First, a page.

You just can't have Mnuchin go there later on this week for a conference. That's the wrong signal. You can't continue the nuclear talks. You can't have a president of the United States begging the Saudis to please produce more oil for us to produce -- for us to consume while simultaneously rolling back the fuel economy standards for the vehicles.



MARKEY: Which we drive in our country. It is an absolutely upside down policy the president has, and we are going to pay a long-term price which is why the Congress has to step up to be the policeman here in the Middle East.

SCIUTTO: Senator, we've talked a lot about the president's investment, diplomatic investment with the Saudis regarding Iran, regarding Mideast peace, et cetera, as influencing possibly his defense of the Saudis on this case. One thing we haven't talked much about are questions about his business' involvement with Saudi Arabia. The president has publicly said in the past that Saudis invest millions of dollars in his properties, et cetera.

Are you concerned that the president's personal interests could be influencing his decision here?

MARKEY: I don't think there is any question that he feels that he has a very special relationship with the Saudis going back to his own personal financial interest over decades. I think that's clouding his judgment, without question, as well as his ideological perspective in terms of siding with Saudi against any other country in the region. And so this combination is very dangerous for the national security of our country.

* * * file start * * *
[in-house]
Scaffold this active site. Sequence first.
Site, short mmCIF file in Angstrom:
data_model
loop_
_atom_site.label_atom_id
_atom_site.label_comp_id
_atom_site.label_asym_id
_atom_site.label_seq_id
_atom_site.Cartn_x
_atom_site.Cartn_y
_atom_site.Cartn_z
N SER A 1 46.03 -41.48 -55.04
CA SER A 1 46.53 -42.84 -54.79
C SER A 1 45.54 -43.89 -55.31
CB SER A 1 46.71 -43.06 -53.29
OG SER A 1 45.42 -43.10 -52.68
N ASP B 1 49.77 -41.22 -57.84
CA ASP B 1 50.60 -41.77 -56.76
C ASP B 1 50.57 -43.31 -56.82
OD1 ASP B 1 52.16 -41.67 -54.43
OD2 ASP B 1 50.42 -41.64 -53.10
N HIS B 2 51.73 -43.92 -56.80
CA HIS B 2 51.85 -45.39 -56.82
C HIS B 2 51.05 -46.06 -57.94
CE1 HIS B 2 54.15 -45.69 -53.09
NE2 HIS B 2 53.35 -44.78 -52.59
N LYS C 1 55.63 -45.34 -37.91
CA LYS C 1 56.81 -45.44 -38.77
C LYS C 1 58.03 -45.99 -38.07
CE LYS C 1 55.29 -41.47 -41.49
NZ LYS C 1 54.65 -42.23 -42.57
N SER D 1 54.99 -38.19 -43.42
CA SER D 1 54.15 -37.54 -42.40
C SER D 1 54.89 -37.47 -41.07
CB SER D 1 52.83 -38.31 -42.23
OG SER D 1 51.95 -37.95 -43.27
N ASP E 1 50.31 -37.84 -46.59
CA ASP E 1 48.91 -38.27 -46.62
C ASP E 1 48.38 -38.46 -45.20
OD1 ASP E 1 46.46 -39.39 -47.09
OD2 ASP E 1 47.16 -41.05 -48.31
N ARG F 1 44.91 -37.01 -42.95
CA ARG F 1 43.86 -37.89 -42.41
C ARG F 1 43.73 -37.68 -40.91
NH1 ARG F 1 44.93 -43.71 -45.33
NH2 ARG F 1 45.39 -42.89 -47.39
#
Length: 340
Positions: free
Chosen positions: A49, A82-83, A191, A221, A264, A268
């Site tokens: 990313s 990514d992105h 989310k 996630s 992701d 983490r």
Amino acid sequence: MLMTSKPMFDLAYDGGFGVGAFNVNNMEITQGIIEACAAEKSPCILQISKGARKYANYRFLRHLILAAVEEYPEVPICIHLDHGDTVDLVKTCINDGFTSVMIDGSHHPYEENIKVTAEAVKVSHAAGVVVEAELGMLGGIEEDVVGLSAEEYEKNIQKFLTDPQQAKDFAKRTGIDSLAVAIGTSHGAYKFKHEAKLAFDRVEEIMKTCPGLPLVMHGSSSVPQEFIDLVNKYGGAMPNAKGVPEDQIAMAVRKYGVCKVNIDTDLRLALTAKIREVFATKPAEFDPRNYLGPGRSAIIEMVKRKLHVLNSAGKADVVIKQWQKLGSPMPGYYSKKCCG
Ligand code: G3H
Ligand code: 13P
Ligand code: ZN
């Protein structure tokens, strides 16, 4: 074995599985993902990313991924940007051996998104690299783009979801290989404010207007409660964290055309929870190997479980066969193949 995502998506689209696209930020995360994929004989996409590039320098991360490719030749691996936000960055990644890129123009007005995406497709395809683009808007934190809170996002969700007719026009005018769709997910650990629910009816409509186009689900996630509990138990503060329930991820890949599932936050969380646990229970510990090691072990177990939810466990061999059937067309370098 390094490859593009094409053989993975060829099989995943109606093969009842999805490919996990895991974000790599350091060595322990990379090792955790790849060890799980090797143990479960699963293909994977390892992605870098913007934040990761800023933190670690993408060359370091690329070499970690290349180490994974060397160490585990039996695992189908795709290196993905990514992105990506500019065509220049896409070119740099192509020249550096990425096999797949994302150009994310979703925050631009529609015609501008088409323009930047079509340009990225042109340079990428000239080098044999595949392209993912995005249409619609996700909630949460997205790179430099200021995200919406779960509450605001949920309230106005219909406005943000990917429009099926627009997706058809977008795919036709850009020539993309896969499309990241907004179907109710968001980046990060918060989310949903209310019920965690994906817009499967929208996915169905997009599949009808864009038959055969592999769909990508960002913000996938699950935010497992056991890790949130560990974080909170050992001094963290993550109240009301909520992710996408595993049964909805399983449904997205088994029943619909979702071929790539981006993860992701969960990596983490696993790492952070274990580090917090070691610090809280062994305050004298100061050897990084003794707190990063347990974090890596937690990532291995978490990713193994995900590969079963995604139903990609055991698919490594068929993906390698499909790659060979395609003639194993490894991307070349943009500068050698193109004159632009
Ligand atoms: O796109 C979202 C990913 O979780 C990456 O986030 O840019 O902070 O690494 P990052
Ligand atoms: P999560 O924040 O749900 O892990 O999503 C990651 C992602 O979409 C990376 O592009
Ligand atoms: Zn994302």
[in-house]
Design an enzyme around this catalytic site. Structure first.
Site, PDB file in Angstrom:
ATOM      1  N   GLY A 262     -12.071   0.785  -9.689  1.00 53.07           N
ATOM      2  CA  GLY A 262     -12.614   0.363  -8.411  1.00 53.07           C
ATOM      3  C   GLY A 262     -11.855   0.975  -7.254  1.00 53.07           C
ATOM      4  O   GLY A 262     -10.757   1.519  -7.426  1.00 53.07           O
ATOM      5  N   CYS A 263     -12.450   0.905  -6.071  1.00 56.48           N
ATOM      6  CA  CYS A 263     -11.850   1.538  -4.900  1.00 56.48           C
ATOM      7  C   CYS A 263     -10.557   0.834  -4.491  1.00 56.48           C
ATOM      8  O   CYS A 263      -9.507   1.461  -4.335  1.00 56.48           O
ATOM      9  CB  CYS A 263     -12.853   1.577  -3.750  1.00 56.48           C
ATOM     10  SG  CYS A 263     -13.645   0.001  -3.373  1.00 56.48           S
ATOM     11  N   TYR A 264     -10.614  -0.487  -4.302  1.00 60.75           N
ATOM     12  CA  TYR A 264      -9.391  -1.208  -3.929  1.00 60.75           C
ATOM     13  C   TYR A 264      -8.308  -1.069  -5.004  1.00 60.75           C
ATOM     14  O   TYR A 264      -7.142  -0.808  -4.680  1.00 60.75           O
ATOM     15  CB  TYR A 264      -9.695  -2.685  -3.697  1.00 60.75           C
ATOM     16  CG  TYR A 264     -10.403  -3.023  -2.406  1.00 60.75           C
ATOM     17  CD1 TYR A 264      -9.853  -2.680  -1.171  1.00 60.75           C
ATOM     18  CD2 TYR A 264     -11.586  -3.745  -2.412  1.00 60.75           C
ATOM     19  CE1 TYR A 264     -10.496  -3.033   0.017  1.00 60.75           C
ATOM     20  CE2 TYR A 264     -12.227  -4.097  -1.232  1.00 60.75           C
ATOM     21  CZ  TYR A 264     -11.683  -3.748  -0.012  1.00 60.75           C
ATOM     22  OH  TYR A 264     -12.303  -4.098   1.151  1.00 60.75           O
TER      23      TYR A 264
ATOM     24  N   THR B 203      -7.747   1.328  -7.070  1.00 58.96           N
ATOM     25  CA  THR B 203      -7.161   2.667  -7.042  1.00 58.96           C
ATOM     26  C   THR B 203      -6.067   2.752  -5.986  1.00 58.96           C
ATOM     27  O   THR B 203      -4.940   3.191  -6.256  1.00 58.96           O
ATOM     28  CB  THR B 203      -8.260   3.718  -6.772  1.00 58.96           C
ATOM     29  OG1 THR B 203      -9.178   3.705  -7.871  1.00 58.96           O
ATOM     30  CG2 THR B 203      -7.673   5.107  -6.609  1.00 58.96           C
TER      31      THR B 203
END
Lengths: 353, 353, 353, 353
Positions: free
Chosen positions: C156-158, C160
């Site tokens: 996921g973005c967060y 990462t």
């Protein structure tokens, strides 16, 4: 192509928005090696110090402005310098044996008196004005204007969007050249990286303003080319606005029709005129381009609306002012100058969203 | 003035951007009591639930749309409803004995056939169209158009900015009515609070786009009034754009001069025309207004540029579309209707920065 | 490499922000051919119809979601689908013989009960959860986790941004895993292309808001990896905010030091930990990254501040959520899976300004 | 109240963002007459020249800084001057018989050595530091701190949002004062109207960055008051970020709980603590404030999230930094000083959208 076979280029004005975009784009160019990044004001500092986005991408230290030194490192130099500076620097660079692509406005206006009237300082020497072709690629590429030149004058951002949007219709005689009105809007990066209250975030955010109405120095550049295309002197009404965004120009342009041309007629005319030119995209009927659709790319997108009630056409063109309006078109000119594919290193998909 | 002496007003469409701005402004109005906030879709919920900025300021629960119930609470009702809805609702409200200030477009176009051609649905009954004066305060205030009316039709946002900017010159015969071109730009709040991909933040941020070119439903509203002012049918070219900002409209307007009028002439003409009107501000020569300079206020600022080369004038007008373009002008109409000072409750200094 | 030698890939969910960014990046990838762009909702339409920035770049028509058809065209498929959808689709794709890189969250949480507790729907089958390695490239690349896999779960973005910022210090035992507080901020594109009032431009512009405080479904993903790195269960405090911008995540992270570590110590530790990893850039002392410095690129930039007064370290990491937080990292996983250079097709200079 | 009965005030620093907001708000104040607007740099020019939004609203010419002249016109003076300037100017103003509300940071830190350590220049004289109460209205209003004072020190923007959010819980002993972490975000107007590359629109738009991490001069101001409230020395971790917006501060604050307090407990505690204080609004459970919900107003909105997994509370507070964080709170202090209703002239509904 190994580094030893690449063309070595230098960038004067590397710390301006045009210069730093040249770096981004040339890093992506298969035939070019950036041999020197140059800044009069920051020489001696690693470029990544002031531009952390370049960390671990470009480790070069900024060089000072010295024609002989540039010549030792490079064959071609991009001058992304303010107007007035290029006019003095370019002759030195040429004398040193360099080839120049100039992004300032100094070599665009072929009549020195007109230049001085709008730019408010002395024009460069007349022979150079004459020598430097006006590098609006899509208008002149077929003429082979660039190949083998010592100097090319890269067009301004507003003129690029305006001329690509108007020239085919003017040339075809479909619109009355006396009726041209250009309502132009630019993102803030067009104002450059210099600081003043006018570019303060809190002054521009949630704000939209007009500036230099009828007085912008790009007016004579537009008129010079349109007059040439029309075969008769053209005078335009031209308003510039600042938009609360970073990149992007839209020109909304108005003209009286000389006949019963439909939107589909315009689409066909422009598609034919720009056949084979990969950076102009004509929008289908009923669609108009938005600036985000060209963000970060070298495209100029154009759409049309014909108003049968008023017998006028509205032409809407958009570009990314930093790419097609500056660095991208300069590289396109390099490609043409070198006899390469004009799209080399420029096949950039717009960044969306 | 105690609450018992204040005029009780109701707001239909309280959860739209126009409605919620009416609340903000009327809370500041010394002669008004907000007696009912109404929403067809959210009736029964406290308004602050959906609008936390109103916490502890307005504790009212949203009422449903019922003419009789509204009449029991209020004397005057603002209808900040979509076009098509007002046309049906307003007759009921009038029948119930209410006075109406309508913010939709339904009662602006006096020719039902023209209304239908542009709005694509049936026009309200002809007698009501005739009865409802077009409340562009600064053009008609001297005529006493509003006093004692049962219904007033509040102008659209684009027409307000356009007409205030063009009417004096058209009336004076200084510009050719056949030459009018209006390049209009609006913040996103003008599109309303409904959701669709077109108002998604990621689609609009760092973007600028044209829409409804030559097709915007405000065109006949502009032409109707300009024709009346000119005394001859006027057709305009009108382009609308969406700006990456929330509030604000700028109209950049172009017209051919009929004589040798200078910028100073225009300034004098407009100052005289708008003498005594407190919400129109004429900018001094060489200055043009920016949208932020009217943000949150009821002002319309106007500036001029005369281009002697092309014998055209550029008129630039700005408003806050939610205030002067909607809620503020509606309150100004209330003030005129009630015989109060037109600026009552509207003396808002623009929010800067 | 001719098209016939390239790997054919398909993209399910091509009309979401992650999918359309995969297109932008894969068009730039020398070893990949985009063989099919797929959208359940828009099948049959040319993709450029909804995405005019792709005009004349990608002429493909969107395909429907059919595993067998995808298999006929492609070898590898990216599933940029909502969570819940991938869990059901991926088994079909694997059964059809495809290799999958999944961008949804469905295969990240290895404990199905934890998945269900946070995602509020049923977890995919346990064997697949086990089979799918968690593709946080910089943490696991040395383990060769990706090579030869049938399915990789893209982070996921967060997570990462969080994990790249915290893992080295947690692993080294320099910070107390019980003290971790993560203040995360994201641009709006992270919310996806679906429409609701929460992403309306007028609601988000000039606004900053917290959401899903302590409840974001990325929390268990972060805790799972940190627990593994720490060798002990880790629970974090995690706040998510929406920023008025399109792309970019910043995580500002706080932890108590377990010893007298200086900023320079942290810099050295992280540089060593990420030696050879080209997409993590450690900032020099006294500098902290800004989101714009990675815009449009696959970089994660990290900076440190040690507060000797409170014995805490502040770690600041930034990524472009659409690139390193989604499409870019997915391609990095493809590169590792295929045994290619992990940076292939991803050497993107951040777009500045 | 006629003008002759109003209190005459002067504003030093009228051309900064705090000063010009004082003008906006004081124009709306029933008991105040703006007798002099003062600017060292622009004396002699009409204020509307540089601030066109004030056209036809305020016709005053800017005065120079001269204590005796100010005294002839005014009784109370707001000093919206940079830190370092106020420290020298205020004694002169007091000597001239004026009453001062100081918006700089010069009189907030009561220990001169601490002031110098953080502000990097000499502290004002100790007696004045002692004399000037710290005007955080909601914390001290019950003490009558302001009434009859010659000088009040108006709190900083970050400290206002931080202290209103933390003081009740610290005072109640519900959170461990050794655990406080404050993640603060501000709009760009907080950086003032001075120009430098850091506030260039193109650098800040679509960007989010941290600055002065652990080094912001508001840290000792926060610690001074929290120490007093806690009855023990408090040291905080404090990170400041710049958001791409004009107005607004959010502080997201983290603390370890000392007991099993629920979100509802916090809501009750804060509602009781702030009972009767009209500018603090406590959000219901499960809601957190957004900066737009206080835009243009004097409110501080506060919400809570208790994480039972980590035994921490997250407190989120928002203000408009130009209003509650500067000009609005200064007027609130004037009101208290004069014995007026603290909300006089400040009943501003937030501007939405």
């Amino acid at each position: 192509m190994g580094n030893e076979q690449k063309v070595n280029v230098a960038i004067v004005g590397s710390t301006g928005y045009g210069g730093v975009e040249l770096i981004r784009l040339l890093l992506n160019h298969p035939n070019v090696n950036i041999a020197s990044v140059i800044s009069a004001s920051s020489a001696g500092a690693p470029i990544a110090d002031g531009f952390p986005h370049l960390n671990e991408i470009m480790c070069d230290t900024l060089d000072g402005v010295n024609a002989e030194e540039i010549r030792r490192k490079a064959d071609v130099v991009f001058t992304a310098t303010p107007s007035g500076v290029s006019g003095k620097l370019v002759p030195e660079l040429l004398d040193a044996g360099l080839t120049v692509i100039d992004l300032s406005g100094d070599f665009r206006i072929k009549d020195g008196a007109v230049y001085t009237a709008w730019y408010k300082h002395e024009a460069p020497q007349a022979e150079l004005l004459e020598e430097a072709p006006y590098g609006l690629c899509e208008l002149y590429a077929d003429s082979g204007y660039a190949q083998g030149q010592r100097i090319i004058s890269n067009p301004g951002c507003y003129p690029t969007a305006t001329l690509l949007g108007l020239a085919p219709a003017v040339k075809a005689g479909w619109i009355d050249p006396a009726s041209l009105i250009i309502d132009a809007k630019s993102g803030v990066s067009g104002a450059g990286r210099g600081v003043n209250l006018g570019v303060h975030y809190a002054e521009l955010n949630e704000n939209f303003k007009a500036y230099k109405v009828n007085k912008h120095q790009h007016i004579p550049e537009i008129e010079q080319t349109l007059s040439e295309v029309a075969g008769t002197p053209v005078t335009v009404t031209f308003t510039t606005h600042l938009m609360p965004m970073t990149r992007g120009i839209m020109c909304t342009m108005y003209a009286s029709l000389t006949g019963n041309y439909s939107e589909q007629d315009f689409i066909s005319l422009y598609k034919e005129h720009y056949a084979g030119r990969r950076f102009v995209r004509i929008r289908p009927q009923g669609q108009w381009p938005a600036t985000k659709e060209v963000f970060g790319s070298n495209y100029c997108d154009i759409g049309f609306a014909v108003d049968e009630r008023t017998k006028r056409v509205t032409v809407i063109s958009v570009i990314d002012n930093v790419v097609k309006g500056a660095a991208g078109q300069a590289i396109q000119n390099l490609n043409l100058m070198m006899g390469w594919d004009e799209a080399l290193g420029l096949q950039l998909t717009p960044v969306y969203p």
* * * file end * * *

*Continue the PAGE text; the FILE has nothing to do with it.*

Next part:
But it goes back to his own historic personal conflict of interest in the financial stake, which the Saudis have had in Trump properties over the years.

SCIUTTO: So it begs the question, what is the Senate going to do about it, right? If the Senate is the check here on the president on this key foreign policy issue, you have Republican colleagues of yours, Rubio, Graham talking about sanctioning Saudi Arabia.

HARLOW: Or MBS, you know, having --

SCIUTTO: Having to go, Graham went that far. Do -- is there a bipartisan discussion today about hard moves to penalize Saudi Arabia?

MARKEY: Yes. I think that any Saudi arms deal with the United States is now on the table for rejection. We came very close, a 53-47 vote that barely preserved a sale of weapons to Saudi Arabia just a year ago. But I think a lot of that support that the Republicans gave to the president a year ago has now evaporated. And so I believe that any further arms deals to Saudi Arabia are now on the table and very likely to be rejected if it cannot be proven that the Saudi royal family did not order this hit on the journalist.